The Online Truth We All Share
In 1969, the first message was sent through the internet. In 1989, the very first infrastructures and coding standards of what we would come to know as the World Wide Web were being built. At that time, humanity marveled at the possibility of providing everyone with unprecedented access to information.
Now, after only a quarter of a century later, that possibility is becoming a reality. Having an internet connection and access to the World Wide Web at anytime and anywhere is part of everyday modern civilization; and for those who still don’t have that capability to get online, that right is being fought for by companies like Google (via Project Loon) and Facebook (via the Internet.org project).
While the perception of Google and Facebook’s intentions for doing so range from purely altruistic to shrouded with commercial interest, it’s still nice to know that sometime in the near future, the whole world would be connected via the internet.
Information for everyone – the World Wide Web’s promise of bringing information to every person on the planet is being fulfilled.
However, the World Wide Web did only promise information. It didn’t say anything about delivering truths or facts. The speed by which the internet delivers information from one device to another made it possible for us to research facts and receive news quickly; but it also allowed truth’s ugly brother – lies – to reach our attention and influence our decision just as fast.
An avalanche of truths and a tidal wave of lies move through the internet each and every second; lies in particular, and tons of it ranging from the completely funny and harmless to the entirely devious and malicious, are empowered by the internet to grab our attention, reach our consciousness, and influence our decisions.
Some lies are innocent enough. It’s a friend’s 25th birthday on Facebook when you clearly know that she’s already 30; or Justin Bieber going bald with photo proof doing rounds on the internet that looks obviously photoshopped. These lies, whether they managed to dupe us or not, don’t really affect our lives all that much.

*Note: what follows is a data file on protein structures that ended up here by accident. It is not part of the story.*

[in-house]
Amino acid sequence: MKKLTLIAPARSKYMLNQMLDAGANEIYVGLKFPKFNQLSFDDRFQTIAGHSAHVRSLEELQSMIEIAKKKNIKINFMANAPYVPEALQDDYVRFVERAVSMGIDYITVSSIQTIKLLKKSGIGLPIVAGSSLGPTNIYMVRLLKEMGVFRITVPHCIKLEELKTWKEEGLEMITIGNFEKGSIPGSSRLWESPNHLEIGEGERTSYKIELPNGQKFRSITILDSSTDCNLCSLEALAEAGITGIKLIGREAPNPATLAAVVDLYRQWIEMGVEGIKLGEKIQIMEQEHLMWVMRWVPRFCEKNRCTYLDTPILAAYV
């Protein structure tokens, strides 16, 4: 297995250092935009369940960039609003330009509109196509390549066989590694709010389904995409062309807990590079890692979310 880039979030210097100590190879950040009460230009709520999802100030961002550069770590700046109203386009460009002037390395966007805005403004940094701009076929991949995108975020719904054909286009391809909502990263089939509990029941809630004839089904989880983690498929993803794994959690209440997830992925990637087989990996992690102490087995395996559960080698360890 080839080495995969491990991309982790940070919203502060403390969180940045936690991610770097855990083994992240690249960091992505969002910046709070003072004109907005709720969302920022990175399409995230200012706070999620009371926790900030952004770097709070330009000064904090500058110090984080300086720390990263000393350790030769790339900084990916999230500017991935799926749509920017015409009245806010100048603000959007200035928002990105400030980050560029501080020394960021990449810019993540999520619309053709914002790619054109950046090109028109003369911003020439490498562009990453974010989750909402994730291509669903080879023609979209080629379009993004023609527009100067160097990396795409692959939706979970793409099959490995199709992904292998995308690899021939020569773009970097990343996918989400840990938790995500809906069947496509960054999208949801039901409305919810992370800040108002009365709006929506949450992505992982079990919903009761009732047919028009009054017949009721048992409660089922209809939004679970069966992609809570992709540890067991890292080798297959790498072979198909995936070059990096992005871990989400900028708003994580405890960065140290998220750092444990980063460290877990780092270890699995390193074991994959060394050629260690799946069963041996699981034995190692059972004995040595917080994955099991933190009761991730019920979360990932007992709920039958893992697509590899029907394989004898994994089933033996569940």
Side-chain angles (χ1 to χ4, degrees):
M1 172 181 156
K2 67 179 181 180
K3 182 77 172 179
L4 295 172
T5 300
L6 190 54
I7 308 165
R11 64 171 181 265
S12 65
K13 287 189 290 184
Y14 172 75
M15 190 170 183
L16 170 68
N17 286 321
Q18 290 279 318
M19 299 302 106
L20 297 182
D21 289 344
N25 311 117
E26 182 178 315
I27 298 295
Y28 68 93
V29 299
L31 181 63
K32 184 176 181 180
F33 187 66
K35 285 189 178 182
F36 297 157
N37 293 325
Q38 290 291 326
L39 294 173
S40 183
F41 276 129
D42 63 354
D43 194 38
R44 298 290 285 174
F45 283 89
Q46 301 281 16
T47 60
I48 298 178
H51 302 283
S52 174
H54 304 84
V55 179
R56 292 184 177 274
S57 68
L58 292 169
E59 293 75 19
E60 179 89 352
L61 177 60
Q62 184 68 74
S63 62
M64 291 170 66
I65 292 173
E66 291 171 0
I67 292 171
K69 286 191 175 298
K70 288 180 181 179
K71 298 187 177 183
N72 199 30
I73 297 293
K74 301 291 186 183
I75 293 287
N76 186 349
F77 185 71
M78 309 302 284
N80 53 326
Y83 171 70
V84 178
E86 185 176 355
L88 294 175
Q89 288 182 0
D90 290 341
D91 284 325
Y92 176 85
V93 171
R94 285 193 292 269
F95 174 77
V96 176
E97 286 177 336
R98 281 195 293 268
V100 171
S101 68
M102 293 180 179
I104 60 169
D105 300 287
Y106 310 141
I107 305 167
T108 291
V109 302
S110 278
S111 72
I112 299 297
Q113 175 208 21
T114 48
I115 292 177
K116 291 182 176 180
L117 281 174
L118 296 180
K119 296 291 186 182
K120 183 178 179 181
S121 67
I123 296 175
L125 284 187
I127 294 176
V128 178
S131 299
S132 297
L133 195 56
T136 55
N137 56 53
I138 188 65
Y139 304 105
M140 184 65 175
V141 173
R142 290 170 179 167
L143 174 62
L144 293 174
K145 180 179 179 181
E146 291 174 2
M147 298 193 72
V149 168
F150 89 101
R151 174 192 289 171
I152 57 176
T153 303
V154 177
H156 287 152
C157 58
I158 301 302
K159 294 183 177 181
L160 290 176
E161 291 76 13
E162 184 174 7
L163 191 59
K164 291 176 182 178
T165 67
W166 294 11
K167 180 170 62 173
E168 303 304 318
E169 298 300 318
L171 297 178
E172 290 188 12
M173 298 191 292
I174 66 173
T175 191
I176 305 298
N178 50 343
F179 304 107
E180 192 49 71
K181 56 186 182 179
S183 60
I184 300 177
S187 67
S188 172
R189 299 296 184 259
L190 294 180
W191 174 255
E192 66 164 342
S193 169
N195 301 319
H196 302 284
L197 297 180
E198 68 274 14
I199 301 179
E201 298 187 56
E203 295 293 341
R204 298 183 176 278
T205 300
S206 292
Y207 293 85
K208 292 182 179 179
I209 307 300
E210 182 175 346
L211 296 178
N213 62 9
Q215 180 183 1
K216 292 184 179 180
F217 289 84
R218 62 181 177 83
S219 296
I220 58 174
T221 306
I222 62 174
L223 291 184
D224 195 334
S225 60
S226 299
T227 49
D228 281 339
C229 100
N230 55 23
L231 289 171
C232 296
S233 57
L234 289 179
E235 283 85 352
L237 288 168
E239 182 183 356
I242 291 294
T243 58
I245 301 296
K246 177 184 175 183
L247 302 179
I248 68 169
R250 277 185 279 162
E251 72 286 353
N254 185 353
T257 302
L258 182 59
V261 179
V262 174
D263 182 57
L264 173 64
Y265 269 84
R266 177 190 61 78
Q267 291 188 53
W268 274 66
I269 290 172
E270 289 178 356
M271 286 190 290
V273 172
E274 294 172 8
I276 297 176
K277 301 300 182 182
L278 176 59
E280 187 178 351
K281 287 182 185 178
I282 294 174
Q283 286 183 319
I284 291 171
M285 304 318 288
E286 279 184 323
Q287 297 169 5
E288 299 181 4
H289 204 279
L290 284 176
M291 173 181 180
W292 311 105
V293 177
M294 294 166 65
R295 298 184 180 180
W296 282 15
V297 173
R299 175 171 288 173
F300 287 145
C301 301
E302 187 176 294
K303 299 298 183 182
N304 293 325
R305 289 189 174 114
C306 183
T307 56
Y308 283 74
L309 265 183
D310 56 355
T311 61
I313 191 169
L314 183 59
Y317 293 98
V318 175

Others, on the other hand, have created an industry by writing and spreading factually untrue stories. The Onion, The Daily Currant, and other satirical news sites make a living creating these entertaining pieces. But they are exactly that – for the purposes of entertainment. Plus, the sources are transparent about the false nature of their work.
However, when lies on sensitive or important issues come out looking and behaving like the truth – when a lie contains all the authority signals and gets spread and shared like news; that’s when people start believing that Jackie Chan fell down a cliff and died while shooting a film or that you can type your password backwards on the ATM machine as a subtle way to alert the police if you’re under coercion.
How about on subjects that have the potential to greatly affect our lives and decision making? It will take someone up to page 6 on a Google search (as of this writing) before finding a review of this popular dating product which shows any semblance of true research and genuine concern for the reader’s buying decisions. One could only imagine how many people’s dating and relationship futures were led astray by the inaccurate and misleading information provided by sites on the first 5 pages. After all, it’s Google, right? And people trust Google to show only the best results.
You can say the same for a professionally and elegantly designed website that is peddling a weight loss product. It’s hard to dismiss something that has Dr. Oz’s picture on it as well as all the badges from reputable health organizations. Who would suspect that it’s a lie if it was liked and shared more than 10,000 times on Facebook?
There’s also that e-mail my brother opened on his Yahoo! Mail which managed to find its way into his inbox. Oblivious to the fact that it’s a scam, he clicked on it because it promised a lucrative job placement overseas. Trusting that Yahoo!’s filters would do its job, a layman’s tendency is to believe that every e-mail that passes through is clean.
The online truth we all share is that there are also a lot of online lies we all share. Information for everyone, whether truthful or not, is the promise of the internet and the World Wide Web.
It would be a different and safer online world if everything passing through the World Wide Web is the truth. But until such time, it pays to be vigilant and heed that advice that “you can’t believe everything you read on the internet.”